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11. Chapter XI: THE GREAT COLLAPSE (continued)
The accidental balance on the side of Progress was far slighter and infinitely more complex and delicate in its adjustments than the people of that time suspected; but that did not alter the fact that it was an effective balance. They did not realise that this age of relative good fortune was an age of immense but temporary opportunity for their kind. They complacently assumed a necessary progress towards which they had no moral responsibility. They did not realise that this security of progress was a thing still to be won--or lost, and that the time to win it was a time that passed. They went about their affairs energetically enough and yet with a curious idleness towards those threatening things. No one troubled over the real dangers of mankind. They, saw their armies and navies grow larger and more portentous; some of their ironclads at the last cost as much as the whole annual expenditure upon advanced education; they accumulated explosives and the machinery of destruction; they allowed their national traditions and jealousies to accumulate; they contemplated a steady enhancement of race hostility as the races drew closer without. concern or understanding, and they permitted the growth in their midst of an evil-spirited press, mercenary, and unscrupulous, incapable of good, and powerful for evil. The State had practically no control over the press at all. Quite heedlessly they allowed thistouch-paper to lie at the door of their war magazine for any spark to fire. The precedents of history were all one tale of the collapse of civilisations, the dangers of the time were manifest. One is incredulous now to believe they could not see.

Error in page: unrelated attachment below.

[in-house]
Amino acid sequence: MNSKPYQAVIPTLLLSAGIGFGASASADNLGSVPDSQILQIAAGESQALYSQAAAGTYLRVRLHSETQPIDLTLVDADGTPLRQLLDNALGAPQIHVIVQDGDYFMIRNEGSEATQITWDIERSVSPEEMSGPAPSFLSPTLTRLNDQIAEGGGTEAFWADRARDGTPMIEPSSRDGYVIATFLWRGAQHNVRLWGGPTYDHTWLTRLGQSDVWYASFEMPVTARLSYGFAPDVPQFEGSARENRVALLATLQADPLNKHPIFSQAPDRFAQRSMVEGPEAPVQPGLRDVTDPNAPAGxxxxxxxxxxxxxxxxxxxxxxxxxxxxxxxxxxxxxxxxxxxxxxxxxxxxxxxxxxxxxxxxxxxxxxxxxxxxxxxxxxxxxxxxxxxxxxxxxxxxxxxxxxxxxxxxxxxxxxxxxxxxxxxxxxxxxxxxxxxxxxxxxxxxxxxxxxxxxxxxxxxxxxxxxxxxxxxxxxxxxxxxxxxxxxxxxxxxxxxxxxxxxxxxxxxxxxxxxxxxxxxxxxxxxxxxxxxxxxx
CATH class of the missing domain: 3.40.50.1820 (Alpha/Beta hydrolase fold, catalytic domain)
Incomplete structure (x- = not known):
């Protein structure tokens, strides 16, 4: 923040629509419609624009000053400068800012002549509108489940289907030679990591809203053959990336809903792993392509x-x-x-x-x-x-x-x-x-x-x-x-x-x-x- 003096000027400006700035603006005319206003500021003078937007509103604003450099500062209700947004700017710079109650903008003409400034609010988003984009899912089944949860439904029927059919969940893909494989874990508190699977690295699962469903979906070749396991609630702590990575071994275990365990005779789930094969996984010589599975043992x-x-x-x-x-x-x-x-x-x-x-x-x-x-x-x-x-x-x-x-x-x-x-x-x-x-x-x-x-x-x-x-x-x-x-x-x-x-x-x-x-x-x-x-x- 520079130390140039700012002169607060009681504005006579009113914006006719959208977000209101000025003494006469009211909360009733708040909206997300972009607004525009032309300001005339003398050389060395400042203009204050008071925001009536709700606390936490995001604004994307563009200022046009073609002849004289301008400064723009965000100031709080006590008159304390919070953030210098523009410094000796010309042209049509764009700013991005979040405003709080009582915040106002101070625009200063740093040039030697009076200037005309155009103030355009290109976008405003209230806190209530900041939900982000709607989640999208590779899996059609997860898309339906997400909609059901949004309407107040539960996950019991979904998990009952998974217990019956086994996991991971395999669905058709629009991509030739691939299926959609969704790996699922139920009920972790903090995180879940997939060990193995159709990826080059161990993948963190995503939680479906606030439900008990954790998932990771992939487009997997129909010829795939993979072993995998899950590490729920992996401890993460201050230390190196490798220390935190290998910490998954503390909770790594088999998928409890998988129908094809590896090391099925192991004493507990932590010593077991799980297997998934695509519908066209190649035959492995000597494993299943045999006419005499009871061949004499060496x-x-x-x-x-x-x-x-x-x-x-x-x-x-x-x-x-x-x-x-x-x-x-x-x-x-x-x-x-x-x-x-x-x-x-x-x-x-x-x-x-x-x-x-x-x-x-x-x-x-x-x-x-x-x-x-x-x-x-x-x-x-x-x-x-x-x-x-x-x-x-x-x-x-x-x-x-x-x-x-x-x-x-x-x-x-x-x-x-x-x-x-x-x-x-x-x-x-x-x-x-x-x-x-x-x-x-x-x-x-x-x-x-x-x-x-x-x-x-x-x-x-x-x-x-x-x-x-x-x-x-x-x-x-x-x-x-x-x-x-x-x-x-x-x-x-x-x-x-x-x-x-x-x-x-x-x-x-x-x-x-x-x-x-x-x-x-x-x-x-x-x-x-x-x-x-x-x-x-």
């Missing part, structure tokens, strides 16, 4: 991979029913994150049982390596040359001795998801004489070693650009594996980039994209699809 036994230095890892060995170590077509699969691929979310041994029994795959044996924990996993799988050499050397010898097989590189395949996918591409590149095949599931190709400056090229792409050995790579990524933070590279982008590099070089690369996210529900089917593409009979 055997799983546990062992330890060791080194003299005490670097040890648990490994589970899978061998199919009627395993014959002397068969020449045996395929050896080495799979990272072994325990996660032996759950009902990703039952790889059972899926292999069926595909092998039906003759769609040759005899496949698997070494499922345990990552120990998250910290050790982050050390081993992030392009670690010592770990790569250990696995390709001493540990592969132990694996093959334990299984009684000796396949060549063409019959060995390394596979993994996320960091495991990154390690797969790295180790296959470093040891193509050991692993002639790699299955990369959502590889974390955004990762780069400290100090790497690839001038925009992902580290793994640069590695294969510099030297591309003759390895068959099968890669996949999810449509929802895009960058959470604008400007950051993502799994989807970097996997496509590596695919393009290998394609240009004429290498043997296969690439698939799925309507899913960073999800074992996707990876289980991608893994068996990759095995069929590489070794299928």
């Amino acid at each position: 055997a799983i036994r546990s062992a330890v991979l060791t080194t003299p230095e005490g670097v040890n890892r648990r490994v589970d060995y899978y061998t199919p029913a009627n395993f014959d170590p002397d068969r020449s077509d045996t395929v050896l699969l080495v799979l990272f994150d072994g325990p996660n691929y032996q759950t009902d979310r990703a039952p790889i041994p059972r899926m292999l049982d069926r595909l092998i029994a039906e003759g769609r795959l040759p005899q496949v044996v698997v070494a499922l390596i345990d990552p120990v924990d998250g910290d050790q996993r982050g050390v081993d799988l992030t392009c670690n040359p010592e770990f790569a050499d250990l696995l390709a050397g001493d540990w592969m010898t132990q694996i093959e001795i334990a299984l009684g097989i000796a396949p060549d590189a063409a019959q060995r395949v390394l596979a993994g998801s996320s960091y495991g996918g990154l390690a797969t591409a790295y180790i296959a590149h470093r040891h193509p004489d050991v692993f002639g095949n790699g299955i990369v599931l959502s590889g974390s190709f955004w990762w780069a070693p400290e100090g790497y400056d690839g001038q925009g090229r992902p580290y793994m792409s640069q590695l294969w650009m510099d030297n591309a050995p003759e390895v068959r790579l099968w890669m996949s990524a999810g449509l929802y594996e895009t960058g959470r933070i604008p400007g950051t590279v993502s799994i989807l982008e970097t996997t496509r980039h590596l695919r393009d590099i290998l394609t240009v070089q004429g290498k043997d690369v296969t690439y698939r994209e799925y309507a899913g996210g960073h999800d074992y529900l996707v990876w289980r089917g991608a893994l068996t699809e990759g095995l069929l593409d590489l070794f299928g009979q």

Could mankind have prevented this disaster of the War in the Air?
An idle question that, as idle as to ask could mankind have prevented the decay that turned Assyria and Babylon to empty deserts or the slow decline and fall, the gradual social disorganisation, phase by phase, that closed the chapter of the Empire of the West! They could not, because they did not, they had not the will to arrest it. What mankind could achieve with a different will is a speculation as idle as it is magnificent. And this was no slow decadence that came to the Europeanised world; those other civilisations rotted and crumbled down, the Europeanised civilisation was, as it were, blown up. Within the space of five years it was altogether disintegrated and destroyed. Up to the very eve of the War in the Air one sees a spacious spectacle of incessant advance, a world-wide security, enormous areas with highly organised industry and settled populations, gigantic cities spreading gigantically, the seas and oceans dotted with shipping, the land netted with rails, and open ways. Then suddenly the German air-fleets sweep across the scene, and we are in the beginning of the end.
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